In summary, potential carriers of late-onset autosomal dominant diseases have the right not to know their genetic status. PGD can be performed effectively in selected centers while assuring nondisclosure for these couples.

PGD for HLA Typing

Another unique PGD procedure is PGD for HLA typing, which has generated an ongoing international controversy on the issue of "savior siblings." IVF with PGD for HLA typing is a well-established procedure to conceive with a child who may donate matched hematopoietic stem cell transplantation (HSCT) to an ill sibling.[128] HSCT from an HLA matched donor is the best therapeutic option for children with nonmalignant disorders such as genetic diseases affecting the hematopoietic and/or the immune system (e.g., thalassemia, Fanconi anemia, Wiskott-Aldrich syndrome, sickle-cell disease) or acquired diseases like aplastic anemia. HLA-matched transplant from biological siblings are preferred as donors because of the reduced risks of transplant-related complications as compared with unrelated donors.[129,130] It can also be offered for the treatment of malignant diseases like leukemia. Match-related HSCT for leukemic patients has less posttransplant mobility and mortality rates compare with unrelated matched transplants.[131,132] About 70% of patients do not have a match-related donor in their immediate and extended family. IVF with PGD can be used to select unaffected HLA-matched embryo for ET and to give birth to a healthy matched sibling that can donate cord blood or bone marrow to its affected brother or sister.[133–138]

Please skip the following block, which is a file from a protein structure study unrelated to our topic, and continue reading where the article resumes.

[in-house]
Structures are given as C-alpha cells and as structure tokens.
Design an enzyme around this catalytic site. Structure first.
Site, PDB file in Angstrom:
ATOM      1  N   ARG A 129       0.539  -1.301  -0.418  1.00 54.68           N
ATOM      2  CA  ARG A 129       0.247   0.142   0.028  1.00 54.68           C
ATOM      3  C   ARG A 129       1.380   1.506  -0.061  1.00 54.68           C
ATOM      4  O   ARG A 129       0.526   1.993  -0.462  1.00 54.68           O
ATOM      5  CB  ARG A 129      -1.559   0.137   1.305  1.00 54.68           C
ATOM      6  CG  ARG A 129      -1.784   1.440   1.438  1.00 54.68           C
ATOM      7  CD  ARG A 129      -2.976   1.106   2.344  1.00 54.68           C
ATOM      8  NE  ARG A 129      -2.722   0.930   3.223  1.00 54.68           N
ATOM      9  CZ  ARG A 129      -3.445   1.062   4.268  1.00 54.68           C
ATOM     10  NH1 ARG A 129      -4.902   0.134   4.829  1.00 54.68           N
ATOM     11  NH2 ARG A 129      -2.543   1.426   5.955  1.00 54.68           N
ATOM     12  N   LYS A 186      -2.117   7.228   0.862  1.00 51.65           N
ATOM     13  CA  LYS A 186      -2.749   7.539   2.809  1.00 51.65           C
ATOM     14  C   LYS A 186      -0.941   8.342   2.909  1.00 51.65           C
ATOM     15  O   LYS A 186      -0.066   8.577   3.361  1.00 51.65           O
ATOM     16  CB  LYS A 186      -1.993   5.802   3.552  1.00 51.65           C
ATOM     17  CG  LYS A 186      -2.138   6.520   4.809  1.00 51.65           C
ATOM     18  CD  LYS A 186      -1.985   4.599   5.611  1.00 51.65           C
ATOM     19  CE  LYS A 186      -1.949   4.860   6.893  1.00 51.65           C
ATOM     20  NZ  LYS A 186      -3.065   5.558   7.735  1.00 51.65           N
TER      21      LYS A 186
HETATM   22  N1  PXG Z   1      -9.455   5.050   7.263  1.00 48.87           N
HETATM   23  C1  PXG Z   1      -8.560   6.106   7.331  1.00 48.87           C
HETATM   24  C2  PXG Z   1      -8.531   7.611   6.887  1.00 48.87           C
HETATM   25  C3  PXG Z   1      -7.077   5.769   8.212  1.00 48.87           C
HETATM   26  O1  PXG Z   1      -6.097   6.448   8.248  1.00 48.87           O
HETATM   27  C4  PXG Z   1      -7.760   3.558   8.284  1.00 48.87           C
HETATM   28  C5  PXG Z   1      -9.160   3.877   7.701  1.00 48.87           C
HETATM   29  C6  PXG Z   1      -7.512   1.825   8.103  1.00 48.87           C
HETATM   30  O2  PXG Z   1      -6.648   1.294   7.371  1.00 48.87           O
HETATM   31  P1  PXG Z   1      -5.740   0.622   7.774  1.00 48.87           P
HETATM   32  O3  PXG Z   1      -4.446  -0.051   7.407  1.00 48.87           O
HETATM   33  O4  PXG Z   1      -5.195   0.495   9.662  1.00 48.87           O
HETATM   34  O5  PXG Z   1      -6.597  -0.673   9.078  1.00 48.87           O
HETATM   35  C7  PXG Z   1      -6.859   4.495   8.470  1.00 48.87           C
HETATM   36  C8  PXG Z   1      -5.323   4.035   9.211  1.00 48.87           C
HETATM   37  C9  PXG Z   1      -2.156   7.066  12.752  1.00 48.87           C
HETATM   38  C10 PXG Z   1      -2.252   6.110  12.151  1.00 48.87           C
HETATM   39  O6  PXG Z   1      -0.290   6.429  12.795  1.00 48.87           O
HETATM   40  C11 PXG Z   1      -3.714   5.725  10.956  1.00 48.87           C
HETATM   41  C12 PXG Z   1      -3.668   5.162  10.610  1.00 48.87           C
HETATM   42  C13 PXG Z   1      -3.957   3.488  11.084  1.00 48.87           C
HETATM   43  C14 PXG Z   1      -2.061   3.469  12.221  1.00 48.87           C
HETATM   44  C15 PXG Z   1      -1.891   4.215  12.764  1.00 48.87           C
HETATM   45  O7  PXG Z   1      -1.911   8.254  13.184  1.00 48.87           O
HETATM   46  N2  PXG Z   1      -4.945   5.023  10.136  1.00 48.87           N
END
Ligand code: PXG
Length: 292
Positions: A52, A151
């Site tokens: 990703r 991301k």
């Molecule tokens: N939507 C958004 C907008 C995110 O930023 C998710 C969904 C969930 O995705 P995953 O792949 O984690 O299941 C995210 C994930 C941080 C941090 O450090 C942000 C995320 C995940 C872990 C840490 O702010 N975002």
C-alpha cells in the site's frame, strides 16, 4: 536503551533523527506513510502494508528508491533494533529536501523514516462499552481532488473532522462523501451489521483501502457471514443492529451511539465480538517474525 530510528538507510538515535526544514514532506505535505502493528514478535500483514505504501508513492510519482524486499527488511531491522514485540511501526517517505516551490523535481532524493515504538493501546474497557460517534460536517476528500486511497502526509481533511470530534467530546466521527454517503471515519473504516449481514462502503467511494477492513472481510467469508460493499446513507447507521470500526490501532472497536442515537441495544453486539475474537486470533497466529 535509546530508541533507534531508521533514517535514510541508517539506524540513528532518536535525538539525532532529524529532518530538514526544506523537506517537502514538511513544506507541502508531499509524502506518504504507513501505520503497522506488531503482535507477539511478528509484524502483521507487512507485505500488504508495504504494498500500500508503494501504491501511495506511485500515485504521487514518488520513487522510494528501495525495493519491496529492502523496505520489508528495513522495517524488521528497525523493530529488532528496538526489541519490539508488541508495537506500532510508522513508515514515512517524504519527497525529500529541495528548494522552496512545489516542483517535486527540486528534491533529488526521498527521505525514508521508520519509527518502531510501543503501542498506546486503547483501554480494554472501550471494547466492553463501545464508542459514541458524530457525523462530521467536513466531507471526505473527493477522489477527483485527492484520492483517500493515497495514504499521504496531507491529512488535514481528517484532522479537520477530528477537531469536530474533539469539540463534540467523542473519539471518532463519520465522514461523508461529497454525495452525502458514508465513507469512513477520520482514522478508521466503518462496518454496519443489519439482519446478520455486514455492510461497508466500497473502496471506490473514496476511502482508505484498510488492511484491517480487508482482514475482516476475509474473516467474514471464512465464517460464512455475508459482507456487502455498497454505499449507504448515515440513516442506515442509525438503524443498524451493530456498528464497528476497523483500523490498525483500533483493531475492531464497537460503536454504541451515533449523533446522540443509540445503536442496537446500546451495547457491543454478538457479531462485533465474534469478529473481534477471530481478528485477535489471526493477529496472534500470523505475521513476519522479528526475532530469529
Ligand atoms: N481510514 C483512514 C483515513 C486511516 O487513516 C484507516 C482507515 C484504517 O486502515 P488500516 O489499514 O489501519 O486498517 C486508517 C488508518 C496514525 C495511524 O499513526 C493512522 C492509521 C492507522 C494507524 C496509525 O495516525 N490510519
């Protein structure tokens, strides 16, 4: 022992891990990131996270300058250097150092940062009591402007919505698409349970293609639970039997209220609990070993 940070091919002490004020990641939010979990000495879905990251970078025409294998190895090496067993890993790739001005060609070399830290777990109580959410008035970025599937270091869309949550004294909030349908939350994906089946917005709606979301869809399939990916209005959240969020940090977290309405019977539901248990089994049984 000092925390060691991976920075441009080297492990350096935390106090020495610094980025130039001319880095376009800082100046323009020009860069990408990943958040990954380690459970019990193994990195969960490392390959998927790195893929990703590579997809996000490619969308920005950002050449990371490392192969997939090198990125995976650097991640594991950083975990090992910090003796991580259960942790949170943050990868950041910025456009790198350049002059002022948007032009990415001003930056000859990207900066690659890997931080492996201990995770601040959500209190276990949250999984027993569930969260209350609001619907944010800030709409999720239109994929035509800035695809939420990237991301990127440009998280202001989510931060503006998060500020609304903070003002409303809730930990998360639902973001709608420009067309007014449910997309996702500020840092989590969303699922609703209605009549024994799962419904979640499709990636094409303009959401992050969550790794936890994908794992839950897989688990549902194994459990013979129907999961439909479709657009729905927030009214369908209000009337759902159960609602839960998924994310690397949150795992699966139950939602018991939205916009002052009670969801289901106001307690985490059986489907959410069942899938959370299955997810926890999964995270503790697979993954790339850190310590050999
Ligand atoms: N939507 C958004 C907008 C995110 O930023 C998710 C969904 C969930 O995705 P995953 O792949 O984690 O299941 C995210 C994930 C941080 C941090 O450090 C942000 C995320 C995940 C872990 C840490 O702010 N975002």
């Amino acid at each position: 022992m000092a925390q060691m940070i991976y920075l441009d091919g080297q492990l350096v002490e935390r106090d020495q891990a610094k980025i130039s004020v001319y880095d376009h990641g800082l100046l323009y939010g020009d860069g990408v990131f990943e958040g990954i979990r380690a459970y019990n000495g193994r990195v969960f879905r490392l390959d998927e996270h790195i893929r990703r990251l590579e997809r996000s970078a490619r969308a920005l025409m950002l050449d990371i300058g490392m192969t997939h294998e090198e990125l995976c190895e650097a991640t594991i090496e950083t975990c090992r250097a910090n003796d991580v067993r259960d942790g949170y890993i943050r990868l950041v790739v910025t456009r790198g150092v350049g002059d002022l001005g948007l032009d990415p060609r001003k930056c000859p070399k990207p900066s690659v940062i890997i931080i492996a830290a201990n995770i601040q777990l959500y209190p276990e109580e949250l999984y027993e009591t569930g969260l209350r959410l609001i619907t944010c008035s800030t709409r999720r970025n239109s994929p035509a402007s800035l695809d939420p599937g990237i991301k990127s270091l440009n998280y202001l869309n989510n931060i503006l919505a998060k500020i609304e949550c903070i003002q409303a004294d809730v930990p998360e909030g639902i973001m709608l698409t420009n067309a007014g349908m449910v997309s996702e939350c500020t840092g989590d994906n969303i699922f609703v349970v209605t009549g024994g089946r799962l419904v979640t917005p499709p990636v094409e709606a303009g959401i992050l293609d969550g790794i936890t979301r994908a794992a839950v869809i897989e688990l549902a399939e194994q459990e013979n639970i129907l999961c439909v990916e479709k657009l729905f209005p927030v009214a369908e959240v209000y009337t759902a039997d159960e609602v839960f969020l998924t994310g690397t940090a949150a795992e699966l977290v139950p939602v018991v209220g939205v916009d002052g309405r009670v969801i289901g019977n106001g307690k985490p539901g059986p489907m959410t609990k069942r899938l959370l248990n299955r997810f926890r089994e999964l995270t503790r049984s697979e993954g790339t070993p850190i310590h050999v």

Ethical concerns of the medial staff and the lack of availability of this technology in many countries have significantly limited its use. To assist families when PGD for HLA was not available locally, IHR and RGI have established clinical collaborations with >100 different centers worldwide to provide these advanced services. Other leading centers have done the same.[137,138] Recently, Bellavia et al[124] described a setup for an international collaboration when PGD for HLA is not permitted locally.

Families should be informed about this option of PGD for HLA sooner than later to allow them ample time to consider it, especially because women's age is a major factor in ART success. Because we have encountered several occasions when PGD for HLA was never discussed with families that may need it, Tur-Kaspa and Najeemuddin[139] recently proposed clinical guidelines on when to offer PGD for HLA typing to parents of a sick child: PGD for HLA should be offered to families when a related matched donor is not available, within weeks of the diagnosis (even for diseases with a good prognosis), and when HSCT is not urgent and clinically can be postponed by at least 9 to 12 months. Moreover, if PGD for HLA is not available locally or nationally, than collaboration with another center should be established to have this treatment available for the family.

In summary, conceiving with a healthy infant that is HLA matched to his sibling is a unique opportunity for parents to act independently to save their sick child with HSCT. Clinical guidelines will improve the care of children in need of matched HSCT. Once future advances lead to improved outcomes of unrelated transplants, this rationale should be revised.


Comments on Medscape are moderated and should be professional in tone and on topic. You must declare any conflicts of interest related to your comments and responses. Please see our Commenting Guide for further information. We reserve the right to remove posts at our sole discretion.